We all were free then to make our way back to our rooms and sleep if we can. I was feeling much better now, but dizzy and very tired from the incessant sweating and high voltage buzzing. I made it up the long wooden walk, lit by dim oil lamps, and fell into a deep sleep.

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My initiation into Ayahuasca’s world of visions and spirit was harsh – again, not at all unusual for a first time experience. I experienced real, raw fear. I truly feared for my life during the vision’s crucible. It was an exposure to extreme emotion that I needed to fully face to give myself a different and useful perspective on what it means to be alive. Going forward, I would move on into different realms and, in my final ceremony, be a part of something truly wonderful. It would be a true expression of that Spirit of Life that would culminate in a life-altering gift from the heart.

 

FLOWER BATHS AND THE SECOND AYAHUASCA CEREMONY
Expressions of Normalcy in an Abnormal Realm

The rituals and ceremonies I am describing are those of mestizo shamanism, a mixture of tribal Indian and Hispanic traditions. One of the Hispanic healing influences is that of a “limpia” or cleansing bath. In the Upper Amazon, the flower bath is an important part of the Ayahuasca ritual. This is a literal bathing in water that has been infused with fragrant and beautiful blossoms. These also serve a spiritual purpose to cleanse and ward off negative spirits or energies. This limpia is administered by the shaman (Don Rober, in my case) who also ritualizes the procedure with shacapa and sung or whistled icaros and arcanas of protection.

Howard informed me that the flower bath serves to “close up” the spiritual space around the participants to keep us from being too open and vulnerable to negative magic. Thus, it is the crucial conclusion of the previous night’s ceremony.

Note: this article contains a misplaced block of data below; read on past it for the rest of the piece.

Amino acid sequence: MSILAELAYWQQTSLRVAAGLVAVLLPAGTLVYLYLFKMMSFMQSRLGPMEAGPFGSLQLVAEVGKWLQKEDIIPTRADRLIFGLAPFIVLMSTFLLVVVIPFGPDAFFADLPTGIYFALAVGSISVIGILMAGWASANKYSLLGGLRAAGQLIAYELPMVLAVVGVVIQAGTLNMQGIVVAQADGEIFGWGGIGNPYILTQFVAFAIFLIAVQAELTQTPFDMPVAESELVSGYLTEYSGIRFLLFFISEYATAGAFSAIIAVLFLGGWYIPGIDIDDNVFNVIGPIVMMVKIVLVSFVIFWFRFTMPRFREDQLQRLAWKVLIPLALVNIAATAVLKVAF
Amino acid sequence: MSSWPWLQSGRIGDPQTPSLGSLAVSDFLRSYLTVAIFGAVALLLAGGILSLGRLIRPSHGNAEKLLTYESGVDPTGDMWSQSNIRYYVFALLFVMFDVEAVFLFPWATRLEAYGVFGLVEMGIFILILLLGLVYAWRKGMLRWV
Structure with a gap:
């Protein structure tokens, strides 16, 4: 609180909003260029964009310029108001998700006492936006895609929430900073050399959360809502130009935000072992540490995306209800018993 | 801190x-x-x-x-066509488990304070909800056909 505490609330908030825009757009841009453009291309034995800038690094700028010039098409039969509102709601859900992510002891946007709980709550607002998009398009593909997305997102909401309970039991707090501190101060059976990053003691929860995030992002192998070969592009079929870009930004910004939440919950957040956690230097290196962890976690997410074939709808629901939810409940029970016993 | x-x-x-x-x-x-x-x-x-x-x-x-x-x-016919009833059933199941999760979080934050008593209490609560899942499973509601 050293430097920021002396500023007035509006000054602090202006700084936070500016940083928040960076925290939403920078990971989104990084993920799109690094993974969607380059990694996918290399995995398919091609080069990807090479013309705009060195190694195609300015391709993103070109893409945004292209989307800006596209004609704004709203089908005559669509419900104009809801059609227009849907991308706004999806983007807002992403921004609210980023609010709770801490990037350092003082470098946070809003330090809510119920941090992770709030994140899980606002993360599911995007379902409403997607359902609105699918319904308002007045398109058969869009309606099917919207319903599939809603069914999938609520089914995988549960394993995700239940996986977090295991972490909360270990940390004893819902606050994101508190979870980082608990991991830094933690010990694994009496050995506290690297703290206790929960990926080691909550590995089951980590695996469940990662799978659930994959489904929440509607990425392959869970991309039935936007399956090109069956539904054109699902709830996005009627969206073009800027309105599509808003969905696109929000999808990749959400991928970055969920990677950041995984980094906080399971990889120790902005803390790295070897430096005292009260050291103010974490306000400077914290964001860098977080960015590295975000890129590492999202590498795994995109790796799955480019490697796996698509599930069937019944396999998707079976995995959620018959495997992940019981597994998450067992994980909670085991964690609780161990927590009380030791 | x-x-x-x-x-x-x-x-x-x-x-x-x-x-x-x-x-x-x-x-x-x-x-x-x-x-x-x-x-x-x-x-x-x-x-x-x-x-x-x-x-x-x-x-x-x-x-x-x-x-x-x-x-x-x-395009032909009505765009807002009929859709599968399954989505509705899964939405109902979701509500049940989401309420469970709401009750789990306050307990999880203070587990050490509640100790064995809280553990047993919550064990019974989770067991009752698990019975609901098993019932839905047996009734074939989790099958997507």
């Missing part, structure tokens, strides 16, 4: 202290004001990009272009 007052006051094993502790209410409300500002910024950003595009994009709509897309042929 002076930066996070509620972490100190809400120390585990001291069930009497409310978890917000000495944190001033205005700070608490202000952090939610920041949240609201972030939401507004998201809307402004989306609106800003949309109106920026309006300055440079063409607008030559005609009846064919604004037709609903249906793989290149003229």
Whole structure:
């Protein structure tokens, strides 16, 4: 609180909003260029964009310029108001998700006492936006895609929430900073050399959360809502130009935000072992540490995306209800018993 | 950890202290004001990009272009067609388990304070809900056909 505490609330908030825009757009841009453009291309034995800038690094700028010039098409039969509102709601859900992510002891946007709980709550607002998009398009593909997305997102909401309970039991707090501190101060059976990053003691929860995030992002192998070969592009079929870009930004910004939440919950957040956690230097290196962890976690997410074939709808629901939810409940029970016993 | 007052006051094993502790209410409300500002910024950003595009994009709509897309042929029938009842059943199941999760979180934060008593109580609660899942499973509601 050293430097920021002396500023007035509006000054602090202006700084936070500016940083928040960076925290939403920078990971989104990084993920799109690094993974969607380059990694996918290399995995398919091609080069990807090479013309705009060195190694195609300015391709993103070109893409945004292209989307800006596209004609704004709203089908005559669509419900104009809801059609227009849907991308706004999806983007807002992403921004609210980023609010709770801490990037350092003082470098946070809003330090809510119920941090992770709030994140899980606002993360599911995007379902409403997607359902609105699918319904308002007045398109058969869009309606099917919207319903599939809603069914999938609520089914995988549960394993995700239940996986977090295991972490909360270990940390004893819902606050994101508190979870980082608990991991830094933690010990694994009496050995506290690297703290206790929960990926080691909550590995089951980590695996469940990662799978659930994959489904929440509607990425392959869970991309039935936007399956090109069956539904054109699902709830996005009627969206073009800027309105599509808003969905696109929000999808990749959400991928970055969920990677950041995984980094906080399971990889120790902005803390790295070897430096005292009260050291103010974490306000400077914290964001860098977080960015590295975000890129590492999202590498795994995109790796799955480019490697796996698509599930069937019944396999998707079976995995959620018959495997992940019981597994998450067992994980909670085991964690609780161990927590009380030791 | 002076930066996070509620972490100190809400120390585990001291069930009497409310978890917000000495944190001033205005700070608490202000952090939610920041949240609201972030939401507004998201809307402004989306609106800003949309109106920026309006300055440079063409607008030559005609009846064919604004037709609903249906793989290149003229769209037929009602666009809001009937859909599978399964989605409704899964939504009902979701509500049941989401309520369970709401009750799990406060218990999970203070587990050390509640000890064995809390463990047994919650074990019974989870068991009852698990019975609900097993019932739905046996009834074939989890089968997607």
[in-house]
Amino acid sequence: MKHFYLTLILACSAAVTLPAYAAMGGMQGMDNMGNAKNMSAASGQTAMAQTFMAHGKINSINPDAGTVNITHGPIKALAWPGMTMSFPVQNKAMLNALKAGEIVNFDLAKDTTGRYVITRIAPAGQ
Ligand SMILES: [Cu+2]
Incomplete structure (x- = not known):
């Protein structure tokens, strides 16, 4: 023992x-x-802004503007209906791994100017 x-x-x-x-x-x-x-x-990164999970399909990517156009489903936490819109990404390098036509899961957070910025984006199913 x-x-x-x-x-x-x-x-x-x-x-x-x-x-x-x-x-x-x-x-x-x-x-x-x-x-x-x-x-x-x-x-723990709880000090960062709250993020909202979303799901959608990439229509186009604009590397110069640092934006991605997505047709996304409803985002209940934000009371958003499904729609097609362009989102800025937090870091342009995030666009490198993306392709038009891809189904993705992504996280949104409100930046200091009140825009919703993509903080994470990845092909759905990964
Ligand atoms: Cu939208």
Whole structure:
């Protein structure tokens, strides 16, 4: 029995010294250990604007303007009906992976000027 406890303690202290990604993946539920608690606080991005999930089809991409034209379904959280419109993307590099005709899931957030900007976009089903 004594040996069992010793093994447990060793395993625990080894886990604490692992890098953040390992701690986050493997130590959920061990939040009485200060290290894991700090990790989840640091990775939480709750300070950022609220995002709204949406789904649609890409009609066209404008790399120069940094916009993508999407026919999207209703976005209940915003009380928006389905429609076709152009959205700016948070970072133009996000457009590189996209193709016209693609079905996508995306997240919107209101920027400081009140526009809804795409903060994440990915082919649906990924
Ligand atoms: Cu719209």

Our flower baths were conducted first thing in the morning, with each of us receiving the bath individually at the hand of don Rober.

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from my trip journal:

"Tuesday – First Flower Bath.

I’m feeling very good this bright morning after a short but good night’s sleep. I am still bothered by the strong episode I had last night. In all my years of reading about Ayahuasca experiences, I’d never heard of the kind of thing I had just experienced.

Maybe this reaction was something specific to me? If so, it might happen again! I guess I looked worried as don Rober approached me and asked if I was “bien?” I assured him I was fine and he smiled and patted my back. Other participants also came up to me and gave me their love and encouragement. This is such an affirming and responsive group experience. It is reassuring and powerful.

Later, I talked with Howard about my episode and he assured me that “Ayahuasca can do that!” The type of episode I experienced, where one loses awareness of one’s self as participating in a ceremony, is rare. It is, he promised, something that can turn out to have much deeper meaning later on. He said I was unlikely to encounter that kind of experience or vision again, but if I should do so, “You’ll know how to handle it.”

As we finished our breakfasts, individuals took turns going to a tiny side platform, open to the jungle, to have don Rober administer their flower bath. Under a small thatched roof, a hard chair and a large galvanized bucket of water are the only things here. In the water, lovely purple and blue blooms float about – their fragrance strong and sweet. I took my turn and sat down in the chair.

Don Rober began the bath by dipping the water out and pouring it right over me, covering me head to toe with several waterfalls. This may be the hot jungle, but that river water is very cold – so cold and unexpected that I could not help but squeal loudly as I took huge breaths, my heart racing. Don Rober laughed and began his ministrations with smoking a mapacho of rustic tobacco and blowing the smoke into the crown of my head. He began to whistle his icaro and pat me with the shacapa.

After recovering from the initial cold water shock, the overall effect of the flower bath is one of comfort. I always left the flower baths with a feeling of being grateful and of being at peace.

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Don Rober points out a young Ayahuasca vine growing wild on a tree near another shaman's thatch hut.

 

continued . . .